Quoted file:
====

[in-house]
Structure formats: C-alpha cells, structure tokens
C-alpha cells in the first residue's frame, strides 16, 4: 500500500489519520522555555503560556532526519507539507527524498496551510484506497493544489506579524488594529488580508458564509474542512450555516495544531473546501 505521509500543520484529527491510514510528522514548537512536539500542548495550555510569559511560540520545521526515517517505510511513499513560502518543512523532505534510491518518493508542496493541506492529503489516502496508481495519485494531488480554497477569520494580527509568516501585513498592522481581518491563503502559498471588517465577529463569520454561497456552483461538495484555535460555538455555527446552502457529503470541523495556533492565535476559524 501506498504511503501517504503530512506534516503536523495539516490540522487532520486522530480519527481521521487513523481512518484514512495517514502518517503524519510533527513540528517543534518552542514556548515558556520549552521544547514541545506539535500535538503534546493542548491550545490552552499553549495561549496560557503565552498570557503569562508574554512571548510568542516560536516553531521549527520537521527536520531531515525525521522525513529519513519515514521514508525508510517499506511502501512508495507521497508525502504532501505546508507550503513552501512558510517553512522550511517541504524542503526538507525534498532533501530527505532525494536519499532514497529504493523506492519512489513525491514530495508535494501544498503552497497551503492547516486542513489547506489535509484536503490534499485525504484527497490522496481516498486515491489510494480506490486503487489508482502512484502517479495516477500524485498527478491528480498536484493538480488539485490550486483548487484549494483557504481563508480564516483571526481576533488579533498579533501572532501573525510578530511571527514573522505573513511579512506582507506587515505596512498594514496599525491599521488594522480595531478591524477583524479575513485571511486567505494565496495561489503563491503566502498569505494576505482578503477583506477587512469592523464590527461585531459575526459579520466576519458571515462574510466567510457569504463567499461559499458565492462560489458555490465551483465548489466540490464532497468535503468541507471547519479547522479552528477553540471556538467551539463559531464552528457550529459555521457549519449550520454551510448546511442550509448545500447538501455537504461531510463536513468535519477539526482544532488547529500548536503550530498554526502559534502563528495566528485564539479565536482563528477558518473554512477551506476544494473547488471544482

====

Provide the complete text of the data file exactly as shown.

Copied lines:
[in-house]
Structure formats: C-alpha cells, structure tokens
C-alpha cells in the first residue's frame, strides 16, 4: 500500500489519520522555555503560556532526519507539507527524498496551510484506497493544489506579524488594529488580508458564509474542512450555516495544531473546501 505521509500543520484529527491510514510528522514548537512536539500542548495550555510569559511560540520545521526515517517505510511513499513560502518543512523532505534510491518518493508542496493541506492529503489516502496508481495519485494531488480554497477569520494580527509568516501585513498592522481581518491563503502559498471588517465577529463569520454561497456552483461538495484555535460555538455555527446552502457529503470541523495556533492565535476559524 501506498504511503501517504503530512506534516503536523495539516490540522487532520486522530480519527481521521487513523481512518484514512495517514502518517503524519510533527513540528517543534518552542514556548515558556520549552521544547514541545506539535500535538503534546493542548491550545490552552499553549495561549496560557503565552498570557503569562508574554512571548510568542516560536516553531521549527520537521527536520531531515525525521522525513529519513519515514521514508525508510517499506511502501512508495507521497508525502504532501505546508507550503513552501512558510517553512522550511517541504524542503526538507525534498532533501530527505532525494536519499532514497529504493523506492519512489513525491514530495508535494501544498503552497497551503492547516486542513489547506489535509484536503490534499485525504484527497490522496481516498486515491489510494480506490486503487489508482502512484502517479495516477500524485498527478491528480498536484493538480488539485490550486483548487484549494483557504481563508480564516483571526481576533488579533498579533501572532501573525510578530511571527514573522505573513511579512506582507506587515505596512498594514496599525491599521488594522480595531478591524477583524479575513485571511486567505494565496495561489503563491503566502498569505494576505482578503477583506477587512469592523464590527461585531459575526459579520466576519458571515462574510466567510457569504463567499461559499458565492462560489458555490465551483465548489466540490464532497468535503468541507471547519479547522479552528477553540471556538467551539463559531464552528457550529459555521457549519449550520454551510448546511442550509448545500447538501455537504461531510463536513468535519477539526482544532488547529500548536503550530498554526502559534502563528495566528485564539479565536482563528477558518473554512477551506476544494473547488471544482